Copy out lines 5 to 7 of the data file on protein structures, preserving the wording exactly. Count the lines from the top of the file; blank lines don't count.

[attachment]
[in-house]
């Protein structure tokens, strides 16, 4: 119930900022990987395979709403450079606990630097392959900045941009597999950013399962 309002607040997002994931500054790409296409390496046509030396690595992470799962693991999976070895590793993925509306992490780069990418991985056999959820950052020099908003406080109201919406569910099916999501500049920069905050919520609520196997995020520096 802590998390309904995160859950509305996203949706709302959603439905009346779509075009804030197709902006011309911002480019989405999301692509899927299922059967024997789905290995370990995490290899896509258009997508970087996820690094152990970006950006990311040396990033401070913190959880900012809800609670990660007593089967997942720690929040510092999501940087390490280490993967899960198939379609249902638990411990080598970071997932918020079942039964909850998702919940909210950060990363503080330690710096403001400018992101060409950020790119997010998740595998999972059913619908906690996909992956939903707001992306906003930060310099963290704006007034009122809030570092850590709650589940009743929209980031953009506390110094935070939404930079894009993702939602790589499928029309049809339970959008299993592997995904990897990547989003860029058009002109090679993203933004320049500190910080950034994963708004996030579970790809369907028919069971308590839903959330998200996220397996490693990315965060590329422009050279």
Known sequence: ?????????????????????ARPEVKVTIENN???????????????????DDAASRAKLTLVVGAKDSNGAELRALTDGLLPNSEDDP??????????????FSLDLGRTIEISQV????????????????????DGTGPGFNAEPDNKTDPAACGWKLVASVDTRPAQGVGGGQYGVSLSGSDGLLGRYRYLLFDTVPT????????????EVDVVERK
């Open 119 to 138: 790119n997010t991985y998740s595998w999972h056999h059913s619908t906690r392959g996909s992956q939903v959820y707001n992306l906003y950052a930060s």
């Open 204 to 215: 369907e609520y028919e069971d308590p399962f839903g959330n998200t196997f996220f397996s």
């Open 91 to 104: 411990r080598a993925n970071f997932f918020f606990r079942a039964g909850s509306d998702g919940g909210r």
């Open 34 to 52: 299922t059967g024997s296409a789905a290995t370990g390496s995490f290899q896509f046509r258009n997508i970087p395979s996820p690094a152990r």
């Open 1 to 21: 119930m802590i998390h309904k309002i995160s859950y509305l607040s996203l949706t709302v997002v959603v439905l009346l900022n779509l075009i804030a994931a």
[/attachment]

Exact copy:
């Open 204 to 215: 369907e609520y028919e069971d308590p399962f839903g959330n998200t196997f996220f397996s």
């Open 91 to 104: 411990r080598a993925n970071f997932f918020f606990r079942a039964g909850s509306d998702g919940g909210r």
């Open 34 to 52: 299922t059967g024997s296409a789905a290995t370990g390496s995490f290899q896509f046509r258009n997508i970087p395979s996820p690094a152990r």